That irritating detail stuck in my craw as the bus, which finally showed up seven minutes after its scheduled arrival time - rolled down Columbus Avenue.
It probably would have been faster to walk the ten blocks, but I just didn't feel like getting there sweaty, frizzy haired, and out of breath. I may have been a mere week away from law school finals, jittery from too much caffeine and not enough food, but I had standards after all.
I got off the bus and as I walked the two avenues to the cafe I forced myself into date mode.
He was leaning against the ubiquitous Manhattan scaffolding in front of the restaurant. It was a busy evening, and he was not the only one standing there. I asked myself later how I knew who he was. I had never seen a picture of him - I was too wrapped up in my finals haze to do the requisite Facebook/Google stalking. But somehow I knew.
He looked up as I approached. His eyes met mine for the first time, and there was this thing in my stomach. This feeling. I swear to god that my heart beat an extra time or two, and I thought that blond hair and blue eyes had never looked so good.
Thoughts of retribution for my little sister for forcing this blind date on me slipped from my mind. This guy was hot.
He introduced himself, and I was suddenly shy. And I have never been shy. Introverted, yes. But shy, never.
We sat at a table outside, right under a heat lamp the cafe helpfully provided for the unpredictable April weather. Wrapped in a cozy cocoon of warmth, we ordered cake and coffee.
I panicked for a minute when the waitress took the menus away. It was at this point in most of these dates that the evening started to go downhill. Without the obligatory "what looks good on the menu" conversation, there was often nothing else to talk about.
There was a beat of silence while we sized each other up. I waited for the first date questions to start, and prepared my first date answers.
"I saw the craziest thing today," he said.
Momentarily caught off guard that there was no question mark at the end of his sentence, all I could do was nod.
"I was walking down Broadway, and I saw a man get hit by a bus. Not a fast moving bus or anything, and the man was OK. But I actually saw a man get hit by a bus. We use the phrase 'get hit by a bus' all the time, but you wonder how many people really do get hit by buses. But it happened today, and I saw it."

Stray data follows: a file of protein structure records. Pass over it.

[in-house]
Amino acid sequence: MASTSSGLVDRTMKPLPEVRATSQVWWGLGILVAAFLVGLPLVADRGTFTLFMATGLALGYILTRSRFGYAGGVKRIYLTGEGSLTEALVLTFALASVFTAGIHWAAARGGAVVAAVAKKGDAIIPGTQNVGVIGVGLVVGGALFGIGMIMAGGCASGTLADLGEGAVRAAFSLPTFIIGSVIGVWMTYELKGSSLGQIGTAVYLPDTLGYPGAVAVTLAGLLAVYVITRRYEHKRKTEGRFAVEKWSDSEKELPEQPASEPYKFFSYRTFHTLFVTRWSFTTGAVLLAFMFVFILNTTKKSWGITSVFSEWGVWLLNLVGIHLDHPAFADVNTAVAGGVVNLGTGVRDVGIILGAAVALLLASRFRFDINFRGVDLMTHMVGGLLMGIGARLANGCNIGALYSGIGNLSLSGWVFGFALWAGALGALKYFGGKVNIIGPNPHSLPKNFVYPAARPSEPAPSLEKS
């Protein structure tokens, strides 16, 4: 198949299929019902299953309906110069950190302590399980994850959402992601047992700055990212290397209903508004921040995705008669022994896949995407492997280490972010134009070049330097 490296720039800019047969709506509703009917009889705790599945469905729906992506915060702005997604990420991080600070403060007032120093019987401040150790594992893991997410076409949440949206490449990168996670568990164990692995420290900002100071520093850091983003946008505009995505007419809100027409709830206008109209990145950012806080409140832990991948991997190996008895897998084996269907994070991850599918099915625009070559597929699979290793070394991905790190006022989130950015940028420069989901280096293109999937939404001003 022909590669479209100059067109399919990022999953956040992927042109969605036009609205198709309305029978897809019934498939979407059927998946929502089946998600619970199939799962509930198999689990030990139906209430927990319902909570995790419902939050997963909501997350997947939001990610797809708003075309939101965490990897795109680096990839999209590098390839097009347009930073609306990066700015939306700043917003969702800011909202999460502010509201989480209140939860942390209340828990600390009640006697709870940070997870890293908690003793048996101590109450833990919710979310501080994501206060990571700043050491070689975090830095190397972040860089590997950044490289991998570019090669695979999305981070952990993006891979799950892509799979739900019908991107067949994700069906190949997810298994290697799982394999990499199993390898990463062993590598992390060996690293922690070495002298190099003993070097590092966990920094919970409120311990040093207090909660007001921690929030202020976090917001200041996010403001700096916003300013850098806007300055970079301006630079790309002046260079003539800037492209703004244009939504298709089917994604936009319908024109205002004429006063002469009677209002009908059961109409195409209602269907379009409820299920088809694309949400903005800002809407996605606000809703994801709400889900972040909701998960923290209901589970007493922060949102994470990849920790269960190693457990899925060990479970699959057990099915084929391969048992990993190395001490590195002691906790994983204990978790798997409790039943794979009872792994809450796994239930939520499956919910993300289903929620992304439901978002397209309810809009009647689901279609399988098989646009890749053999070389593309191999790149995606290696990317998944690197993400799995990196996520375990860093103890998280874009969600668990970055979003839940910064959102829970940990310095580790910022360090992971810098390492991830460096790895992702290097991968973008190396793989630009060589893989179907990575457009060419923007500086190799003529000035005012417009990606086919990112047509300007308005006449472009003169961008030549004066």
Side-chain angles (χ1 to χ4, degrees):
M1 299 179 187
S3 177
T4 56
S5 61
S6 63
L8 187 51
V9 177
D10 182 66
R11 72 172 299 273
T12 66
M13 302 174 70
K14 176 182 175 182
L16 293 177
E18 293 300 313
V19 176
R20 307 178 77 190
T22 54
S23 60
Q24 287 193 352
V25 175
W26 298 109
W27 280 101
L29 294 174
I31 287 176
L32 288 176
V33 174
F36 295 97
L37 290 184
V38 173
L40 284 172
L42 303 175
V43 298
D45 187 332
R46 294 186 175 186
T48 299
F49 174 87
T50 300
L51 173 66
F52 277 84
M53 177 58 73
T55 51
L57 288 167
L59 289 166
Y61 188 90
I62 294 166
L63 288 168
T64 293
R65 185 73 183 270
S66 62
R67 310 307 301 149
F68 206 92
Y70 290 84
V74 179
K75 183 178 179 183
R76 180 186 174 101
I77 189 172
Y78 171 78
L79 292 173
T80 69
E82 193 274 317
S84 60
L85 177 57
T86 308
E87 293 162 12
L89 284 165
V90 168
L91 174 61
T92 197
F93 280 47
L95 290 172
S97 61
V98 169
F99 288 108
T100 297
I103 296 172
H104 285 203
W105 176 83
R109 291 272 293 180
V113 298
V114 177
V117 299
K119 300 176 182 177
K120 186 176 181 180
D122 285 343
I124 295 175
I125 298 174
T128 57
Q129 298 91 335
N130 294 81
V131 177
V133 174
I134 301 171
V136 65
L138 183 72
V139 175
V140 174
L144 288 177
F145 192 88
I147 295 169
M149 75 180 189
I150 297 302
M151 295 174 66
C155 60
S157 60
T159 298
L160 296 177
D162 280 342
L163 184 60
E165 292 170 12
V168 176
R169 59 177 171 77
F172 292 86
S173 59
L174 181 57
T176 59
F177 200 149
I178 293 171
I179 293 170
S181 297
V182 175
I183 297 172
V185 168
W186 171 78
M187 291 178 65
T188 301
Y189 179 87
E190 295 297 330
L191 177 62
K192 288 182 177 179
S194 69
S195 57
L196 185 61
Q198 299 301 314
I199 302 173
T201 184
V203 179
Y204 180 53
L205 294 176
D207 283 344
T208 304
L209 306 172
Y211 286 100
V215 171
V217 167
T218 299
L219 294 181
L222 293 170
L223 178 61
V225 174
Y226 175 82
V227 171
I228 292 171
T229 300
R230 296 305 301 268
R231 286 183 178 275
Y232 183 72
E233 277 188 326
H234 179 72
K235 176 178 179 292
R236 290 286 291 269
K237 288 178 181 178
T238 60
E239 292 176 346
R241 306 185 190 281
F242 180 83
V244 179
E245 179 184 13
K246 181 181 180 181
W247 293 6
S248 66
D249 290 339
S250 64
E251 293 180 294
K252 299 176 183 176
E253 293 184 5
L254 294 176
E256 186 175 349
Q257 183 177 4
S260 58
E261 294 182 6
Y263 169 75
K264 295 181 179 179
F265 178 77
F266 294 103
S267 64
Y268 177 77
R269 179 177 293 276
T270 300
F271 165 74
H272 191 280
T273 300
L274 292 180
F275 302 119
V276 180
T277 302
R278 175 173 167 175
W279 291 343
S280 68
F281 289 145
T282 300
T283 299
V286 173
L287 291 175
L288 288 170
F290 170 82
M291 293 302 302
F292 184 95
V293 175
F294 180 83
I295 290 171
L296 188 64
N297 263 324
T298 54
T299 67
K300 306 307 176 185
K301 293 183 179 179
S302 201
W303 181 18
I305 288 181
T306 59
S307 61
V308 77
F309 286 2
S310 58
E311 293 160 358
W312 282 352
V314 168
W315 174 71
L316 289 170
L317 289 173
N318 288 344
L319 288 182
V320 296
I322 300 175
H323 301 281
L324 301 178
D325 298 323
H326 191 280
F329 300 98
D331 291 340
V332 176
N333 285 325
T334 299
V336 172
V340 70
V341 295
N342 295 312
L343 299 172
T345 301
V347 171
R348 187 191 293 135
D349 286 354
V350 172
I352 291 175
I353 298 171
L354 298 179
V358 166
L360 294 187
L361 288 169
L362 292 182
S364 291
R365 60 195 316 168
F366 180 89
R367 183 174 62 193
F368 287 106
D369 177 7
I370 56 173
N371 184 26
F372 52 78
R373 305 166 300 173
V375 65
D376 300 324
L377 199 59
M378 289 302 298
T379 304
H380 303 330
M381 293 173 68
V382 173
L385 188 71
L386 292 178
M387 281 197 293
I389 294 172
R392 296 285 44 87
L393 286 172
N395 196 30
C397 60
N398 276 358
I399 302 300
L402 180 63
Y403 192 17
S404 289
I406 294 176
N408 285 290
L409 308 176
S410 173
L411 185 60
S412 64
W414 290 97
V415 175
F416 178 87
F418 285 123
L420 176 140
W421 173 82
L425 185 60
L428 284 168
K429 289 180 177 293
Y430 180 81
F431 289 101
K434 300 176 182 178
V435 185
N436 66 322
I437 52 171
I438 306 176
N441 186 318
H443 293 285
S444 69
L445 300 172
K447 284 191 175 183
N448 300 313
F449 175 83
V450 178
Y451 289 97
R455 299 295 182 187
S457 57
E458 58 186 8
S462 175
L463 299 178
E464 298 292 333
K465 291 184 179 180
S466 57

Something about this story struck me as so hilarious that I started laughing and couldn't stop. Not polite first date laughter. Stomach hurting, tears streaming kind of laughter. I had to wave down the waitress to ask for an extra napkin to wipe my eyes, and from there, the conversation flowed.
I wish I could remember everything we talked about. I don't. I wish I could look back and replay the entire date in my mind like a movie. I can't. I don't remember all the specifics, but I remember the feelings. And I remember feeling like this was someone worth getting to know.
The cafe was exactly halfway between our respective apartments, so when we got up to leave I prepared myself for the slightly awkward good-bye on a busy Manhattan street. But instead, he walked me home.
For ten blocks we walked and talked and laughed some more. And I wished that we could walk forever. In front of my building we said a goodbye befitting a really good first date, and I watched as he walked away. Before he crossed the street, he turned around to flash a last smile and wave. And I felt that thing in my stomach once more.
The piles of study materials stacked on every available surface surprised me when I let myself into my apartment. I had forgotten that they were there.
Figuring I could put in another hour before it was time for bed, I changed my clothes and prepared to buckle down.
But I didn't read a word of my notes the rest of the night.
Instead I just lay on my bed, dreaming.
This is a follow up to last week's post.
Epilogue: Three years after this date, a little more than two years ago, I married that gorgeous blond-hair, blue-eyed man